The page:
Fishing for intestinal cancer models: unraveling gastrointestinal homeostasis and tumorigenesis in zebrafish

Zebrafish. 2009 Dec;6(4):361-76. doi: 10.1089/zeb.2009.0617.


Zebrafish has proven to be a highly versatile model for comprehensive studies of gene function in development. Given that the molecular pathways involved in epithelial carcinogenesis appear to be conserved across vertebrates, zebrafish is now considered as a valid model to study tumor biology. Development and homeostasis in multicellular organisms are dependent on a complex interplay between cell proliferation, migration, differentiation, and cell death. The Wnt signaling pathway is a major signaling pathway during embryonic development and is the key regulator of self-renewal homeostasis in several adult tissues. A large body of knowledge on adult stem-cell biology has arisen from the study of the intestinal epithelium over the past 20 years. The Wnt pathway has appeared as its principal regulator of homeostatic self-renewal. Moreover, most cancers of the intestine are caused by activating mutations in the Wnt pathway. Recently, zebrafish models have been developed to study Wnt pathway-induced cancer. An appealing avenue for cancer research in zebrafish is large-scale screens to identify chemotherapeutic and chemopreventive agents in conjunction with the in vivo imaging approaches that zebrafish affords.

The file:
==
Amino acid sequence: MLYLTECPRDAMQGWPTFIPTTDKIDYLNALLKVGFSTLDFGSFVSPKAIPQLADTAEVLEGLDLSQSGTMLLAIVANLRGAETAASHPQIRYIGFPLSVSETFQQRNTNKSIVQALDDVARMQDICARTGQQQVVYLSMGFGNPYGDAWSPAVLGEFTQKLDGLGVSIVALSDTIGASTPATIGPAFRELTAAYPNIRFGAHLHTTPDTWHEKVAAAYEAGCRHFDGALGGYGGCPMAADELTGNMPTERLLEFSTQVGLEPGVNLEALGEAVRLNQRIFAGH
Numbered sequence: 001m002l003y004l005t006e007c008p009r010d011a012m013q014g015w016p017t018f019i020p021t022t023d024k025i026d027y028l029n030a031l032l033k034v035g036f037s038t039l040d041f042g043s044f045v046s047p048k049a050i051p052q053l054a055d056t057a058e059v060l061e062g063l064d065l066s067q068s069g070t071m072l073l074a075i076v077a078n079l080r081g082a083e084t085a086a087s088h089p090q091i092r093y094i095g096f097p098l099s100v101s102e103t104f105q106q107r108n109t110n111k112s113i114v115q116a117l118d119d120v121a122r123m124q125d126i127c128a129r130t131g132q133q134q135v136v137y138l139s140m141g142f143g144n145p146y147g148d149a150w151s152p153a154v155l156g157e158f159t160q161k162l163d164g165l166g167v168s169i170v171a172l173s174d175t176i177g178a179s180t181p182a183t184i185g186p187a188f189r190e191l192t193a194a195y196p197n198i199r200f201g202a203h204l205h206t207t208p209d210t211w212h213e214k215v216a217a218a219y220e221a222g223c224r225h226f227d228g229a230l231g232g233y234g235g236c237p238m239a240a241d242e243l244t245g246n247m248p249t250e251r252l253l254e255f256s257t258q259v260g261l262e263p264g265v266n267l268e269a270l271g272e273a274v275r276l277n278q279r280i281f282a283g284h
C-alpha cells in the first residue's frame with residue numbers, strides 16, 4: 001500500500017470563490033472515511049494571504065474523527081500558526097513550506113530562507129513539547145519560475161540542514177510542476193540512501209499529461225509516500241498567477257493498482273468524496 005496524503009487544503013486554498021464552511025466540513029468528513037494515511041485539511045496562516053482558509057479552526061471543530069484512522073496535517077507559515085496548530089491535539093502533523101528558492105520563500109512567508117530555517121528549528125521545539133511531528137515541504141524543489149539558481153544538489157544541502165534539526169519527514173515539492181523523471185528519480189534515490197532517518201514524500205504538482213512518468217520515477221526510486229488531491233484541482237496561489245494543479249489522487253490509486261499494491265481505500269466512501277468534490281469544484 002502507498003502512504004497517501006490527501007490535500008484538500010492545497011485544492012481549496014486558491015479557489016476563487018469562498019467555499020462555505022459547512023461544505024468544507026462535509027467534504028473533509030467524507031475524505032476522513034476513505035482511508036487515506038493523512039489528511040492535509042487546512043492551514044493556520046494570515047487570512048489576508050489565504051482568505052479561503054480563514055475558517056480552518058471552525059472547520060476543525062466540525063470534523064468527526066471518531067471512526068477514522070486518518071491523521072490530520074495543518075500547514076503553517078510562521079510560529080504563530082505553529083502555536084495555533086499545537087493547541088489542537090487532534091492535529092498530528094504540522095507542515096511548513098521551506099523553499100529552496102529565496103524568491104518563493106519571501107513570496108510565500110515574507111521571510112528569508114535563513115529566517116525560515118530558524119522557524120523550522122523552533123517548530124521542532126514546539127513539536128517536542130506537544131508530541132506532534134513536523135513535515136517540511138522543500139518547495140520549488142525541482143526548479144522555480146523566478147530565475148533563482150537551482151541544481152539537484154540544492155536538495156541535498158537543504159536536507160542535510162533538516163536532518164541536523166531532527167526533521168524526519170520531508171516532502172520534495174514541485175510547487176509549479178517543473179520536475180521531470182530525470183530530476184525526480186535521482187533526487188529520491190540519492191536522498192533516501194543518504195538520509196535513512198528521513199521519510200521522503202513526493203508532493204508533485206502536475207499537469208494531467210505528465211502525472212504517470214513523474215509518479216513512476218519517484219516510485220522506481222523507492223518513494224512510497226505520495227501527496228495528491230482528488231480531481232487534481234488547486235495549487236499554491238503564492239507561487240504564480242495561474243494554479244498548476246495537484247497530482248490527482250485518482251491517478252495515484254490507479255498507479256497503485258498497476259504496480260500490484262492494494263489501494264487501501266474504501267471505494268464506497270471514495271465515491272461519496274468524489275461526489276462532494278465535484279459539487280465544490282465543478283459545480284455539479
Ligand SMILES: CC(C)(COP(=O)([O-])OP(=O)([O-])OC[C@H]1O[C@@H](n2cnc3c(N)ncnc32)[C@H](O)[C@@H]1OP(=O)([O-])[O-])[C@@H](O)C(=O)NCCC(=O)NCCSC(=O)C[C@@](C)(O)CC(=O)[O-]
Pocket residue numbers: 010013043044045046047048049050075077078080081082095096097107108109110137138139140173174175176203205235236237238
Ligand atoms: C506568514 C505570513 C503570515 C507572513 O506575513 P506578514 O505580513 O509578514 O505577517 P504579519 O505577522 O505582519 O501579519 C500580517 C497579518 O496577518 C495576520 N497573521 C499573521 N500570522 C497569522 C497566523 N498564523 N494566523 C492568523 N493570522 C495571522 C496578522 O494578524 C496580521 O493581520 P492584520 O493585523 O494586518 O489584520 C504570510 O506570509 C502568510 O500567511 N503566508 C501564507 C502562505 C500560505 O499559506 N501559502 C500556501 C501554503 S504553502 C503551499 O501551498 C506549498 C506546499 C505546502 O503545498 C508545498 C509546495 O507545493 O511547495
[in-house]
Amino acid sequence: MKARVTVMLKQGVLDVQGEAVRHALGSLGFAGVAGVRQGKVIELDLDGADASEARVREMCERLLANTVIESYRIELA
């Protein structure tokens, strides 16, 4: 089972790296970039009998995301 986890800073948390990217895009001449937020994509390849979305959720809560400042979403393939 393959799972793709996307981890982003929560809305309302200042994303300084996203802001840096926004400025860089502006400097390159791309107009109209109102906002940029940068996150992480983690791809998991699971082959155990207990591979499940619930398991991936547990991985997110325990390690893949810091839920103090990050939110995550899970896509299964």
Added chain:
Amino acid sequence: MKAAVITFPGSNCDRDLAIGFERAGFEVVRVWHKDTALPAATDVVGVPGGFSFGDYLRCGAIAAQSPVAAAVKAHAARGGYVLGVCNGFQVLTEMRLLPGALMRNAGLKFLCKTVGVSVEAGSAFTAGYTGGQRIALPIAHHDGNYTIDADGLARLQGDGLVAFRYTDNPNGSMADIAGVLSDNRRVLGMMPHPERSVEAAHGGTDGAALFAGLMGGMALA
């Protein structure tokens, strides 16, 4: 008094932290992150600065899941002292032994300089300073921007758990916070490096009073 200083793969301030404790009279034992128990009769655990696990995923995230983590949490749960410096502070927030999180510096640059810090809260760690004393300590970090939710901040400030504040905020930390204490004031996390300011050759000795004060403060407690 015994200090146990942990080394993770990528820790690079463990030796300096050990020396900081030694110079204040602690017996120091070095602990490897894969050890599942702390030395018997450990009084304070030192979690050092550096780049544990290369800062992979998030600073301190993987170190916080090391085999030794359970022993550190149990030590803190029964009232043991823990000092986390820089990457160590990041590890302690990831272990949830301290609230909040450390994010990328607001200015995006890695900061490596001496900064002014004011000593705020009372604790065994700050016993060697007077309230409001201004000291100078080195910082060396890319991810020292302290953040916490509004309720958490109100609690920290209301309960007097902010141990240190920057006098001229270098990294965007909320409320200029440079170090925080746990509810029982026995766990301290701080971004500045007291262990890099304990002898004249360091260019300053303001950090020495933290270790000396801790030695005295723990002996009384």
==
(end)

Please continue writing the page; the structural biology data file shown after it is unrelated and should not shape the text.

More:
Publication types

  • Research Support, Non-U.S. Gov't

MeSH terms

  • Animals
  • Cell Transformation, Neoplastic / genetics
  • Cell Transformation, Neoplastic / metabolism*
  • Disease Models, Animal
  • Homeostasis*
  • Humans
  • Intestinal Neoplasms / drug therapy*
  • Intestinal Neoplasms / genetics
  • Intestinal Neoplasms / metabolism*
  • Intestinal Neoplasms / pathology
  • Signal Transduction
  • Wnt Proteins / metabolism
  • Zebrafish / genetics
  • Zebrafish / metabolism*


  • Wnt Proteins